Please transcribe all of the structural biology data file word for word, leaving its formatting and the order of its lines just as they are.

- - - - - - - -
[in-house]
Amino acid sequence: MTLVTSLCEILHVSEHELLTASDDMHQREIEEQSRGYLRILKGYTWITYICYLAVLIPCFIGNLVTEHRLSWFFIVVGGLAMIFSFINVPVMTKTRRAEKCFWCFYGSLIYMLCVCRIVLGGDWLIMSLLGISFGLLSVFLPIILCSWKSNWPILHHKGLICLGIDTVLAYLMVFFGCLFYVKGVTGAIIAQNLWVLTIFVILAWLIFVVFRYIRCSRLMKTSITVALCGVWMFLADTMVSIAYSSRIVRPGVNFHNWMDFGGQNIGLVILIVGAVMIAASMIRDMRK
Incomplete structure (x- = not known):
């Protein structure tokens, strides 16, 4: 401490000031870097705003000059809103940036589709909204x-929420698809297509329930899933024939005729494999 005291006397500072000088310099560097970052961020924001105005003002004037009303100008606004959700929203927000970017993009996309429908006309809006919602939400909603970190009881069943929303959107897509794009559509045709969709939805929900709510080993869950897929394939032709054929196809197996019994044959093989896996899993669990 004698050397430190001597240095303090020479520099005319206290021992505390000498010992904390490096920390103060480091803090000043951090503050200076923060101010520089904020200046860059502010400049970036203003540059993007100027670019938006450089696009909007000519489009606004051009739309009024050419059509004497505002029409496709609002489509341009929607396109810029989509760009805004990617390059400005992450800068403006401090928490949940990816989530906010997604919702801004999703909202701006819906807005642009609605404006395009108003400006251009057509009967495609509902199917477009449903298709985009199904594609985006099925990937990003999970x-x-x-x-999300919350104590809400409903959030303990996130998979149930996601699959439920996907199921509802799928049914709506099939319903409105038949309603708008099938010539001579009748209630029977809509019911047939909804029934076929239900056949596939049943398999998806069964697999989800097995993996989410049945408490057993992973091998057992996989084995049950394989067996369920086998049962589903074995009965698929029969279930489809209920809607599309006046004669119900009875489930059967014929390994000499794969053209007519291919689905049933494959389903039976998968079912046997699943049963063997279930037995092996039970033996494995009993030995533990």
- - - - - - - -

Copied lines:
[in-house]
Amino acid sequence: MTLVTSLCEILHVSEHELLTASDDMHQREIEEQSRGYLRILKGYTWITYICYLAVLIPCFIGNLVTEHRLSWFFIVVGGLAMIFSFINVPVMTKTRRAEKCFWCFYGSLIYMLCVCRIVLGGDWLIMSLLGISFGLLSVFLPIILCSWKSNWPILHHKGLICLGIDTVLAYLMVFFGCLFYVKGVTGAIIAQNLWVLTIFVILAWLIFVVFRYIRCSRLMKTSITVALCGVWMFLADTMVSIAYSSRIVRPGVNFHNWMDFGGQNIGLVILIVGAVMIAASMIRDMRK
Incomplete structure (x- = not known):
């Protein structure tokens, strides 16, 4: 401490000031870097705003000059809103940036589709909204x-929420698809297509329930899933024939005729494999 005291006397500072000088310099560097970052961020924001105005003002004037009303100008606004959700929203927000970017993009996309429908006309809006919602939400909603970190009881069943929303959107897509794009559509045709969709939805929900709510080993869950897929394939032709054929196809197996019994044959093989896996899993669990 004698050397430190001597240095303090020479520099005319206290021992505390000498010992904390490096920390103060480091803090000043951090503050200076923060101010520089904020200046860059502010400049970036203003540059993007100027670019938006450089696009909007000519489009606004051009739309009024050419059509004497505002029409496709609002489509341009929607396109810029989509760009805004990617390059400005992450800068403006401090928490949940990816989530906010997604919702801004999703909202701006819906807005642009609605404006395009108003400006251009057509009967495609509902199917477009449903298709985009199904594609985006099925990937990003999970x-x-x-x-999300919350104590809400409903959030303990996130998979149930996601699959439920996907199921509802799928049914709506099939319903409105038949309603708008099938010539001579009748209630029977809509019911047939909804029934076929239900056949596939049943398999998806069964697999989800097995993996989410049945408490057993992973091998057992996989084995049950394989067996369920086998049962589903074995009965698929029969279930489809209920809607599309006046004669119900009875489930059967014929390994000499794969053209007519291919689905049933494959389903039976998968079912046997699943049963063997279930037995092996039970033996494995009993030995533990």